Why Urgent Is Easy But Planning Is Hard

Time Management UrgentWhen you stare at your to-do list, you subconsciously look for three things:

Tasks that are easy
Tasks that are urgent and
Tasks that are important.

When only one task stands out as fitting all of those categories, deciding what to do first is a no-brainer. On the other hand, when everything feels urgent, we have a stressful problem I like to call “Priority Paralysis,” but what about when nothing feels urgent? Here are three reasons an urgent-free to-do list can be a problem and what to do about it!

1. We don’t know what to do first

Urgent vs non-urgent tasks make prioritizing easy, but if “urgent” is the only thing you look for when deciding which task to tackle, what happens when nothing presents an urgent deadline? You don’t know what to do first! This is why The Time Diet is based on categorizing. Pick a Meat task (difficult) Vegetable task (easy) and Dessert task (fun) to focus on during your day. That gives you some parameters to help structure your schedule in a way that ensures you’ll get ahead on your non-urgent tasks while maintaining balance in your day.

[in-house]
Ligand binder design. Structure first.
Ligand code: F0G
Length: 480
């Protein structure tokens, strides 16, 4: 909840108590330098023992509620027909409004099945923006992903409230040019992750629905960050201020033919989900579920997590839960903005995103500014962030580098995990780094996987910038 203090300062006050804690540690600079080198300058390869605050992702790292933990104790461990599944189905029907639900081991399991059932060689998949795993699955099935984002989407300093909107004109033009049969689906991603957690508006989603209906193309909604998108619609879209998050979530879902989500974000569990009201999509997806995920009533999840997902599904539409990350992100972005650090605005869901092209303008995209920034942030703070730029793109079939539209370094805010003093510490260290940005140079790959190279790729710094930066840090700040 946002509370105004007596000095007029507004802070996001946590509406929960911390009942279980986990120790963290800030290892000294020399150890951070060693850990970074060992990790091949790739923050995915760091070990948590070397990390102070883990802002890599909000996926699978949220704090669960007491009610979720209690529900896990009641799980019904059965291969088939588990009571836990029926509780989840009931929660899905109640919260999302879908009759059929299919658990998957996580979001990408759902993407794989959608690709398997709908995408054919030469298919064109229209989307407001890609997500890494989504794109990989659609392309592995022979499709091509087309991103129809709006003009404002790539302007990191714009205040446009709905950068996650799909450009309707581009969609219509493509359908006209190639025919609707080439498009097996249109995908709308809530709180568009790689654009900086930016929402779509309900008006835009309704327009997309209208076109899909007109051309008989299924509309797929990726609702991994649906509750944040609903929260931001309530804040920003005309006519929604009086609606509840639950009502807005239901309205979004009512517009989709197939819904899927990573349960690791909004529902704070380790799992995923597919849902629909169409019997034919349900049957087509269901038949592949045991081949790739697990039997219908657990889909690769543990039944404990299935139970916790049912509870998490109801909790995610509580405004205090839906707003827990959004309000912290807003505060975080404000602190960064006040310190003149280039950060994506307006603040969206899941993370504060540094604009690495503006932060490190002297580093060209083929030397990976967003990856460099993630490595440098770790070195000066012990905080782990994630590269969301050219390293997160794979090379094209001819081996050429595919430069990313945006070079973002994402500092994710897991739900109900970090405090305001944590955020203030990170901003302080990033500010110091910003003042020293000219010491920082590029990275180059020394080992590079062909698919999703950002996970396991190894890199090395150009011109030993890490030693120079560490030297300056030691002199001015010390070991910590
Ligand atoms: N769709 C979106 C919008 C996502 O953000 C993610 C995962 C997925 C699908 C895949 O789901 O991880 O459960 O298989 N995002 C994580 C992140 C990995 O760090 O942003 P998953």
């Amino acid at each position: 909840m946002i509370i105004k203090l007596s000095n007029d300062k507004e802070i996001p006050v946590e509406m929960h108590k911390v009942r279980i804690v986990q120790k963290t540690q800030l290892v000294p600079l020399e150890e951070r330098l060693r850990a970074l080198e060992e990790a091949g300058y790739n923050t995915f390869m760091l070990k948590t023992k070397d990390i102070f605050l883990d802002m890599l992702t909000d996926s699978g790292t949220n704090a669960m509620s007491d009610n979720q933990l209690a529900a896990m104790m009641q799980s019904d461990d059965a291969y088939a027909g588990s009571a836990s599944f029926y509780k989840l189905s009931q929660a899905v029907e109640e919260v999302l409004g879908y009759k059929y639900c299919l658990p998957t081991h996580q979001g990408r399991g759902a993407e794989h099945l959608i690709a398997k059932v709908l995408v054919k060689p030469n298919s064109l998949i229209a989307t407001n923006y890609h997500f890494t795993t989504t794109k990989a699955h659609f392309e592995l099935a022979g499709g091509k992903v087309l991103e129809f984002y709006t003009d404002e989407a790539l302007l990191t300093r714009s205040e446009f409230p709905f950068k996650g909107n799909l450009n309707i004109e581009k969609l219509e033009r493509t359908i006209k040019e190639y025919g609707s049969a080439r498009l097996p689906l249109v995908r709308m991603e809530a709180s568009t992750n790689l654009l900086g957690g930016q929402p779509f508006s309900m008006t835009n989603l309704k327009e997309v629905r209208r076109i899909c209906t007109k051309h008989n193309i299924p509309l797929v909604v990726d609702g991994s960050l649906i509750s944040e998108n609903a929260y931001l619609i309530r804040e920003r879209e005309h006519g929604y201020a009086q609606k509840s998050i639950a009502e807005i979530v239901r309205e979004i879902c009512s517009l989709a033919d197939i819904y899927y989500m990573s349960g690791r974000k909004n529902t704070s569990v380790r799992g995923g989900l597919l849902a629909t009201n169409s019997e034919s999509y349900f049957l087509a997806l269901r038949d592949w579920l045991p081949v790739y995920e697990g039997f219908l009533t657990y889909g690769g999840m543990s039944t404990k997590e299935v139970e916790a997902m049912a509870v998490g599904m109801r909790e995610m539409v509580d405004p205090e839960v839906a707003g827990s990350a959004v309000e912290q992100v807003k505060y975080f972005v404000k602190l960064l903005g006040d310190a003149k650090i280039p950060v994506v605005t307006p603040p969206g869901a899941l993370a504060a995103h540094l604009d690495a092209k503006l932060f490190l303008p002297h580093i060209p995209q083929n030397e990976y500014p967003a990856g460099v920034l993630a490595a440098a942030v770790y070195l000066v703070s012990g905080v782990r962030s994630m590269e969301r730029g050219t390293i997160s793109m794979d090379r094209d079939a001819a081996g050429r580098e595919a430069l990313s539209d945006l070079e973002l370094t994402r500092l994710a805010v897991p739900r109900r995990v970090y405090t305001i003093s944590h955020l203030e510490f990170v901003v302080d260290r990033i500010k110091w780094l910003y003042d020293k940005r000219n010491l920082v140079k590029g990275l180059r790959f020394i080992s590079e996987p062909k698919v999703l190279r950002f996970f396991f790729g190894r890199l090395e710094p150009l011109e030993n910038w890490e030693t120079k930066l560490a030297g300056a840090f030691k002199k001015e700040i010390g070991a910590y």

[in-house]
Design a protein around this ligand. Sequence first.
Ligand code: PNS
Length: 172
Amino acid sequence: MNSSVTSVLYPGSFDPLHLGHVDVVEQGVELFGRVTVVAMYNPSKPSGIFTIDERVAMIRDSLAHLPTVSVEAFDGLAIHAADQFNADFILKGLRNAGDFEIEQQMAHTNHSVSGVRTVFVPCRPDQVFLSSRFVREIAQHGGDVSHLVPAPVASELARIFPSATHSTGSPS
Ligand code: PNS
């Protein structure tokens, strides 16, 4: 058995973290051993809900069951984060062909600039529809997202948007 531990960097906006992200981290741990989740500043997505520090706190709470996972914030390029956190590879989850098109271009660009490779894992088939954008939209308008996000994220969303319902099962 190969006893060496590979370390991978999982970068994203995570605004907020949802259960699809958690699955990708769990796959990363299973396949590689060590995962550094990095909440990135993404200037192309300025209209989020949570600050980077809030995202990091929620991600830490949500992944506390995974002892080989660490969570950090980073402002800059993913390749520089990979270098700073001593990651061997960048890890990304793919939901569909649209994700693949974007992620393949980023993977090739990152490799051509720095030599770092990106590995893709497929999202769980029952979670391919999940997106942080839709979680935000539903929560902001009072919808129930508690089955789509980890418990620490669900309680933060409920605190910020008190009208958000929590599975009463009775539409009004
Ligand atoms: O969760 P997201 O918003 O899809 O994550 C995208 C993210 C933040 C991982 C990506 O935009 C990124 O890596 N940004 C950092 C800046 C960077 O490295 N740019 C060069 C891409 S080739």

2. We’re likely to procrastinate

Another problem with an urgent-free to-do list is that we’re tempted to do nothing! It’s easy to procrastinate when none of our deadlines are urgent at the moment. Remember, if you only deal with tasks when they are urgent, that ensures that you’ll always be faced with a last minute stressful time crunch. Try scheduling “start dates” in your calendar for each “due date.” It’s easy to say we’ll begin something later, but a start date defines exactly when “later” is.